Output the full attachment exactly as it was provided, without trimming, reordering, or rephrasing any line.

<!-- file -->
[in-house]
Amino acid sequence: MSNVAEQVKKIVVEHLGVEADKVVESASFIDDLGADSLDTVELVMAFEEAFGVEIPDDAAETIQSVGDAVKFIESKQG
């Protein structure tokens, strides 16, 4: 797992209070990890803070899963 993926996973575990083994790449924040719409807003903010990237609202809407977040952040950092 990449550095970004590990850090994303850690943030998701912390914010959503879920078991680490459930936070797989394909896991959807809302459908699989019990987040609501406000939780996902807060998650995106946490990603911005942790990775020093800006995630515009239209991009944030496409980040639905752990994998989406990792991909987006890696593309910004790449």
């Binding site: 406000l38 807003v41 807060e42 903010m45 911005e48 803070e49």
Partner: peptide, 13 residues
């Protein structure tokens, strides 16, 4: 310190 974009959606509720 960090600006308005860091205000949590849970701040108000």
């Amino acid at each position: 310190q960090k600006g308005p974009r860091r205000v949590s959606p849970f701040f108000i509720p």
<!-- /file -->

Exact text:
[in-house]
Amino acid sequence: MSNVAEQVKKIVVEHLGVEADKVVESASFIDDLGADSLDTVELVMAFEEAFGVEIPDDAAETIQSVGDAVKFIESKQG
């Protein structure tokens, strides 16, 4: 797992209070990890803070899963 993926996973575990083994790449924040719409807003903010990237609202809407977040952040950092 990449550095970004590990850090994303850690943030998701912390914010959503879920078991680490459930936070797989394909896991959807809302459908699989019990987040609501406000939780996902807060998650995106946490990603911005942790990775020093800006995630515009239209991009944030496409980040639905752990994998989406990792991909987006890696593309910004790449």
């Binding site: 406000l38 807003v41 807060e42 903010m45 911005e48 803070e49």
Partner: peptide, 13 residues
């Protein structure tokens, strides 16, 4: 310190 974009959606509720 960090600006308005860091205000949590849970701040108000």
């Amino acid at each position: 310190q960090k600006g308005p974009r860091r205000v949590s959606p849970f701040f108000i509720p």